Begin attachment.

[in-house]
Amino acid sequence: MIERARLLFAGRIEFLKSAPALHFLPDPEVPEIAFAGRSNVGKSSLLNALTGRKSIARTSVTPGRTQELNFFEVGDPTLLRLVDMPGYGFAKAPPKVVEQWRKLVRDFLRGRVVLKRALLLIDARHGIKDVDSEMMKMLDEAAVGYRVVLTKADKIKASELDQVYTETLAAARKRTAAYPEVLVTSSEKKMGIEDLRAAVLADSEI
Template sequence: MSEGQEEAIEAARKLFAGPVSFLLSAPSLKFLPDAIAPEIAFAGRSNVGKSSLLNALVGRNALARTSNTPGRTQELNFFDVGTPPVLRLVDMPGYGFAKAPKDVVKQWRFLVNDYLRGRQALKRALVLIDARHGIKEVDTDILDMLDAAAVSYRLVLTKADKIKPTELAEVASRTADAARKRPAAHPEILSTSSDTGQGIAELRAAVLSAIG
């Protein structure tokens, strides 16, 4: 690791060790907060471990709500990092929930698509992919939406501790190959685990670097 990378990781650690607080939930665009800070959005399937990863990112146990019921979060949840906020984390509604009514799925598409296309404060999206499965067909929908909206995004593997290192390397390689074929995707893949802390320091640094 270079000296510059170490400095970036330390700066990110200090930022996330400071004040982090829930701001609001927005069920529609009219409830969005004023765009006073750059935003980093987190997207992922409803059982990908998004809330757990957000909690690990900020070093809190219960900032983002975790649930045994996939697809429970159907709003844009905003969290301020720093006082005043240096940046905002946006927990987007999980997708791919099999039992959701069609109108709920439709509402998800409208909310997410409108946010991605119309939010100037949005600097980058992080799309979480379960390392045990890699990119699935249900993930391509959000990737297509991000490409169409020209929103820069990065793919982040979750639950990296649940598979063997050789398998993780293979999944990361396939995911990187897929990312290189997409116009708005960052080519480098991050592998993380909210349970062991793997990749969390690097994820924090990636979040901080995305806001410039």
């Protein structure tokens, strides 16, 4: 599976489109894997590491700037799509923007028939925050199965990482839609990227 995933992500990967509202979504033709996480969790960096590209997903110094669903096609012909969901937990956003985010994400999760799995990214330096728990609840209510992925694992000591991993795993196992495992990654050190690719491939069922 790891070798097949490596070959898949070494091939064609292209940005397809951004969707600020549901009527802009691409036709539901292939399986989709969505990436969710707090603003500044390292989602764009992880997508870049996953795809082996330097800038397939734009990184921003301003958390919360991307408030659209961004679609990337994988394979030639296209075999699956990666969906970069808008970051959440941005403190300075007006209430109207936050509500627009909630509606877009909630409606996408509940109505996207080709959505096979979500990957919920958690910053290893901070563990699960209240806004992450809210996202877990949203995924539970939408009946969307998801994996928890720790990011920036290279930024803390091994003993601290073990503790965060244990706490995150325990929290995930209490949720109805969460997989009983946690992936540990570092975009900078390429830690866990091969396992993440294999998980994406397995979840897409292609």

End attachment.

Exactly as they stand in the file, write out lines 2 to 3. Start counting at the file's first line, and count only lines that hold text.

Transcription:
Amino acid sequence: MIERARLLFAGRIEFLKSAPALHFLPDPEVPEIAFAGRSNVGKSSLLNALTGRKSIARTSVTPGRTQELNFFEVGDPTLLRLVDMPGYGFAKAPPKVVEQWRKLVRDFLRGRVVLKRALLLIDARHGIKDVDSEMMKMLDEAAVGYRVVLTKADKIKASELDQVYTETLAAARKRTAAYPEVLVTSSEKKMGIEDLRAAVLADSEI
Template sequence: MSEGQEEAIEAARKLFAGPVSFLLSAPSLKFLPDAIAPEIAFAGRSNVGKSSLLNALVGRNALARTSNTPGRTQELNFFDVGTPPVLRLVDMPGYGFAKAPKDVVKQWRFLVNDYLRGRQALKRALVLIDARHGIKEVDTDILDMLDAAAVSYRLVLTKADKIKPTELAEVASRTADAARKRPAAHPEILSTSSDTGQGIAELRAAVLSAIG